Mortar Photo by Katherine Hanlon on Unsplash

ME AND MY MORTAR




Dear blog family 🙂

Hope you all had a restful weekend? Monday is here again, did I hear some of you sigh? Lol.

 

GUESS WHO CAME FOR DINNER?

Photo by Grovemade on Unsplash

So, Mr. O came back from “abroad” for good last week Thursday. On Thursday evening, I got home from work at about 8pm and, in anticipation of Mr. O’s arrival, hurriedly changed into comfortable clothes and got cooking. On the menu was white rice and ofada stew. I do not always use iru (locust beans) when making my ofada stew, but that day, I wanted a different taste so I opted to include it.

I whipped out my mortar and started pounding. It helped that I had boiled and fried my meat, and also boiled my pepper days before. By 9pm, food was ready. Yay! So when Mr. O came home, I greeted him with a plate of freshly made white rice and ofada stew. He ate this with boiled eggs and freshly squeezed orange juice (we always have a bottle in my fridge). He doesn’t really like fried plantain, otherwise I would have made some for him. Pictures or adonbilivit, right? Lmao! Maybe later on, I will start to post some original pictures *wink*

 

MY MORTAR

I use my mortar – a small wooden one we got when we got married – for everything. I use it to grind pepper sometimes, especially when making abacha or nkwobi. It gives the food a more earthy taste that I really like, and in my mind, I feel more connected to my ancestors when I use it. Hehehehehe! Most importantly though, I use it sometimes to make pounded yam for Mr. O. In short, my mortar is coming along with us to Canada. Case closed! Lol!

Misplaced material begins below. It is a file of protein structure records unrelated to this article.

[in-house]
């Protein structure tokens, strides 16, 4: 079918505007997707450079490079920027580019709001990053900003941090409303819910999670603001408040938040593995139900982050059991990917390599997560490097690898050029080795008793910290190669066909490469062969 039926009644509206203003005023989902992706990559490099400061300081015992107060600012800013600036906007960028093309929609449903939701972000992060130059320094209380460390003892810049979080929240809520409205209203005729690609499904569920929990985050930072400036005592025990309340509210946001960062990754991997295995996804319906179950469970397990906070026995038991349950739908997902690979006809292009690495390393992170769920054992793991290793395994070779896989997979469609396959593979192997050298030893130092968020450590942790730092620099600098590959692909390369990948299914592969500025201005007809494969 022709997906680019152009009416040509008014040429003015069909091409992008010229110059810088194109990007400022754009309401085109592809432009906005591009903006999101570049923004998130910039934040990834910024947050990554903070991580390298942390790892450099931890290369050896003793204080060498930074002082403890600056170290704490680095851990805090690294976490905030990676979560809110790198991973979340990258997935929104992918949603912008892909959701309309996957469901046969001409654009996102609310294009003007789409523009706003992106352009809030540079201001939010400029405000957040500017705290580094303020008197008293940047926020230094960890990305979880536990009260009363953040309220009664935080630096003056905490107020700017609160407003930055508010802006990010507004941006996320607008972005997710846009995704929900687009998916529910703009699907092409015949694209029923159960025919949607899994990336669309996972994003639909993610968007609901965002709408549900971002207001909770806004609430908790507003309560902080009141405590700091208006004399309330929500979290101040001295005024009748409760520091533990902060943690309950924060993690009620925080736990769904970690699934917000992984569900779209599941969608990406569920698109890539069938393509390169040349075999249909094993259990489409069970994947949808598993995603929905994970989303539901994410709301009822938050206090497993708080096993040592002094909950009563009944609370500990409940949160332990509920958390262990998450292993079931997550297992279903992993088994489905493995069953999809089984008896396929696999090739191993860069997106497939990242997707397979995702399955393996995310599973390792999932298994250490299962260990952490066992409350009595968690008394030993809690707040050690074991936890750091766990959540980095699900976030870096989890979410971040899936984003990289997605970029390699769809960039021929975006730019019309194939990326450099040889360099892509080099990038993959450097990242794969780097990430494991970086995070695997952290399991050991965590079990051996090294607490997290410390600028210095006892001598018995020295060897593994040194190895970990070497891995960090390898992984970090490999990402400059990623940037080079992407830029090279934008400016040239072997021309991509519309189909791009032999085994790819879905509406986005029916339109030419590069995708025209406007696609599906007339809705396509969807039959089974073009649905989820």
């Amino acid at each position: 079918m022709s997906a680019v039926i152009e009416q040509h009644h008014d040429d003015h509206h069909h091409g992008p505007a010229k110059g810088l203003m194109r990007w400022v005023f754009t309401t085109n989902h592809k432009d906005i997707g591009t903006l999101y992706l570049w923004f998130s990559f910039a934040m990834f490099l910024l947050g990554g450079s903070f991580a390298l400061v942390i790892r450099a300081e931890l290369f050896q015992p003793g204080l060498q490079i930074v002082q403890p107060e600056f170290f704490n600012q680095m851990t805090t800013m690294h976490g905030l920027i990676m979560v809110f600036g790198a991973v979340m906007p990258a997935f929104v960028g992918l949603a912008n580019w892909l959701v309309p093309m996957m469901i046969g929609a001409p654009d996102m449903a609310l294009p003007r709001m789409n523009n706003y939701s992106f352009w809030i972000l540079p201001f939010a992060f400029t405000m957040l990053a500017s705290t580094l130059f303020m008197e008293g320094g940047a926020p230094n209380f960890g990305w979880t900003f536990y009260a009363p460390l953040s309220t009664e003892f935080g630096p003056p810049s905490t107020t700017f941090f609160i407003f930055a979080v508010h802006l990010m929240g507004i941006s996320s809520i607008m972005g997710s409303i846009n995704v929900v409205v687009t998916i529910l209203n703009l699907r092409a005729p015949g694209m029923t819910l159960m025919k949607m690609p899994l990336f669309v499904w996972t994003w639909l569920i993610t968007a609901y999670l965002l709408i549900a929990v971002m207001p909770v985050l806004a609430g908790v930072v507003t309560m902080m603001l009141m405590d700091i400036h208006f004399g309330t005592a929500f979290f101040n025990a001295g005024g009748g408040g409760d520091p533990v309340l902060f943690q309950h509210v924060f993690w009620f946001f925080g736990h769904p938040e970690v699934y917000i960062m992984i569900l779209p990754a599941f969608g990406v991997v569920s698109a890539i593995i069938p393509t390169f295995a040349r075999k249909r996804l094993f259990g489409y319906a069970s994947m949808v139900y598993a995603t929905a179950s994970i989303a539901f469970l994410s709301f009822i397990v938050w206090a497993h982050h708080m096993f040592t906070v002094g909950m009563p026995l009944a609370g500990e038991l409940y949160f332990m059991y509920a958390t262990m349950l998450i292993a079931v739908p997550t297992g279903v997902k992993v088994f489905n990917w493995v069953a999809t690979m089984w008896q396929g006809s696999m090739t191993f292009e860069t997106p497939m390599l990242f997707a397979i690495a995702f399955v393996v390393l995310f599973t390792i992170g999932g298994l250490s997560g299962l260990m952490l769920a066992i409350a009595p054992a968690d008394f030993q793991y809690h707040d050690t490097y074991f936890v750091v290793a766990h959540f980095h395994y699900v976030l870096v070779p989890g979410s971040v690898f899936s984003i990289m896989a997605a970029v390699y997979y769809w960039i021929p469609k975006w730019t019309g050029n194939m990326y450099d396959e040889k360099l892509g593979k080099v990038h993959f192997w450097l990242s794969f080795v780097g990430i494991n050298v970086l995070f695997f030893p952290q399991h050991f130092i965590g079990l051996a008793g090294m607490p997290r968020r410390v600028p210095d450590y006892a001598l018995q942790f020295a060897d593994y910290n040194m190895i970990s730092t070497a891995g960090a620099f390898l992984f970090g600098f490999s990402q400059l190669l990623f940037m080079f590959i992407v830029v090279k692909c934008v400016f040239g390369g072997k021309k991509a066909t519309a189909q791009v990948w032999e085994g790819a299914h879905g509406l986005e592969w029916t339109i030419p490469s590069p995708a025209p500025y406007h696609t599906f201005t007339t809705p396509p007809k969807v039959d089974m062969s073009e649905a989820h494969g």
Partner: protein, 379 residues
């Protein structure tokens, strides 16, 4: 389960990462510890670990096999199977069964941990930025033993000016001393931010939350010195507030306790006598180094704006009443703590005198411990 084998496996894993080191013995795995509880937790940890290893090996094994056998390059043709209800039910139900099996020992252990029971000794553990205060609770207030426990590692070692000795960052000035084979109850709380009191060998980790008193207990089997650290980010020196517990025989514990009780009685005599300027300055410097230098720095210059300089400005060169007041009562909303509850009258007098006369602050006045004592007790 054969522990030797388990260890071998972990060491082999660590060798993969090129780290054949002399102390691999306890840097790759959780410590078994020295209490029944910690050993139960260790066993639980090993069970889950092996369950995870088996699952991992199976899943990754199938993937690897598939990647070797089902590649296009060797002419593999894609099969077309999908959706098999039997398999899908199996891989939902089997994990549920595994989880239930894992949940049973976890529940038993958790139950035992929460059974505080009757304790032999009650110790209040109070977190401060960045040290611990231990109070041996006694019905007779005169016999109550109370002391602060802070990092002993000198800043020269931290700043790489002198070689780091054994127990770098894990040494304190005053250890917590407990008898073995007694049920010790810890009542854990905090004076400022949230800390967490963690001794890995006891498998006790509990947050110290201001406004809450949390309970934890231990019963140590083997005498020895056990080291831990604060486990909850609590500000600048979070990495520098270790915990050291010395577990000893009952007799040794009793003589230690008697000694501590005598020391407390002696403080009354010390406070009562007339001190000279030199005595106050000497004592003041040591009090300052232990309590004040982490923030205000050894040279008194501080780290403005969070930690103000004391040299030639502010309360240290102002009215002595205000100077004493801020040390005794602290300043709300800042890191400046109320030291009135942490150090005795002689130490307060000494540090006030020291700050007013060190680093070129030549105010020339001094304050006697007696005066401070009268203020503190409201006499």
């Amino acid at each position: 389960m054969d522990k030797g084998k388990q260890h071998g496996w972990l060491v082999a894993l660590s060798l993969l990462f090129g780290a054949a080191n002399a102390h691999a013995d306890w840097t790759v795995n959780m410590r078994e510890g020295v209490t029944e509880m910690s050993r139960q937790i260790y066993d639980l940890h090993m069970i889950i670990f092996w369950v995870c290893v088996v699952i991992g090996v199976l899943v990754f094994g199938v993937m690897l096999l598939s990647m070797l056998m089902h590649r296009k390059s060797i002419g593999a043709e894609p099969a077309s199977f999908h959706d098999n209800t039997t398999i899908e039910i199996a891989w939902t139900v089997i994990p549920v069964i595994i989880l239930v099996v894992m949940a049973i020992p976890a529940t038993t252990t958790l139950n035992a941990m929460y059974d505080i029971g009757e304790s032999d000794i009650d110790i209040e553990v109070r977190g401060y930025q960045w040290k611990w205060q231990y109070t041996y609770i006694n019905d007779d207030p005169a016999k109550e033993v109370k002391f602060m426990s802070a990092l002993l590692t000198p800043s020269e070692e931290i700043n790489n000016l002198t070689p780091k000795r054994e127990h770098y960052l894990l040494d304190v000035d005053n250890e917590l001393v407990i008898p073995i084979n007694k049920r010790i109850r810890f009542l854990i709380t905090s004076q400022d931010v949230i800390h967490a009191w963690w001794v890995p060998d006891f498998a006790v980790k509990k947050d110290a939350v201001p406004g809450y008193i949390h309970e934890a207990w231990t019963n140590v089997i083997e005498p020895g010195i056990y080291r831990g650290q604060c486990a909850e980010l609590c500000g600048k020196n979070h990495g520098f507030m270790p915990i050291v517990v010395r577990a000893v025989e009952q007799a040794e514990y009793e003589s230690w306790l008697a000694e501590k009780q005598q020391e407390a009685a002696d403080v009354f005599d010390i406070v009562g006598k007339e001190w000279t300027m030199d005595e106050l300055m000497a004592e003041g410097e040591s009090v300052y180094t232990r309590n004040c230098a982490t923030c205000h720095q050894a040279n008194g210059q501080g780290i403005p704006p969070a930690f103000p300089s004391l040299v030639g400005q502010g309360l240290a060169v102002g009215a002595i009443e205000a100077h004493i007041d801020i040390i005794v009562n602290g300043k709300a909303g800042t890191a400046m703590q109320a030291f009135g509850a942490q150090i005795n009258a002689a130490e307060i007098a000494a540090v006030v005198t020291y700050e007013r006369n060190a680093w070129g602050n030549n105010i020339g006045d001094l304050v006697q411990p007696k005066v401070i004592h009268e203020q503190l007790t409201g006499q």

This got me thinking about the foodstuff I will carry with me when we are travelling. I have not really done much research on the allowed foods, but every time I mention some of the items on my list, my darling husband and friends laugh at me. Maybe it is just me being weird, but I want to carry some cooked food along. My thinking is that the first couple of days may be hectic and even tough, as we try to adjust to our new reality. So, I figured a few familiar foods would make us feel more settled and reduce any separation anxiety we may be feeling, having left our home country. Does this make sense at all?

 

MY LIST

Anyway, here are some of the things I want to carry (only if it is legal to do so BTW):

Cooked Foods

  1. 2 bowls of ofada stew
  2. 1 bowl of okra soup

 

Food ingredients

  1. Dry fish (is this allowed?)
  2. Black/Cameroun pepper
  3. Pepper soup spice (my mother-in-law makes a really nice blend)
  4. Ogbona (dry)
  5. Cray fish
  6. Maggi crayfish
  7. Maggi chicken
  8. Indomie Noodles (not a deal breaker, I am sure we can get used to any other noodles brand)
  9. Suya pepper
  10. Ehuru (calabash nutmeg)

 

Things I know I will miss if not available in Canada

  1. Fresh yellow pepper
  2. Iru
  3. Ogi (substitute with custard?)

Gosh! I am already missing Nigeria. Personally, I am fine eating foreign cuisine, but Mr. O……. He loves his Naija food. May God help us.

A cursory glance on this website says all the above items are permitted, however I have not done enough research to be comfortable with packing all the items in my lists above. In any case, we will declare ALL our food stuff before entering Canada.

 

WRAPPING IT ALL UP

Please share your thoughts on my list, and most importantly, please let me know what is illegal to bring into Canada. Don’t laugh at me oh! Lol! Also, I would love to hear your food stories, if any, when entering Canada the first time. I look forward to reading your comments.

Wishing you a blessed and memorable week ahead, filled with lots of Leaps.

Keep Marching!

Mrs. O




5 thoughts on “ME AND MY MORTAR

  1. I think they are all allowed. Just make sure they are dried and insect free.

    No meat products though.

    1. Thank you!

      When you say no meat products, do you mean that even the meat in my soups will not be allowed in? 🙁

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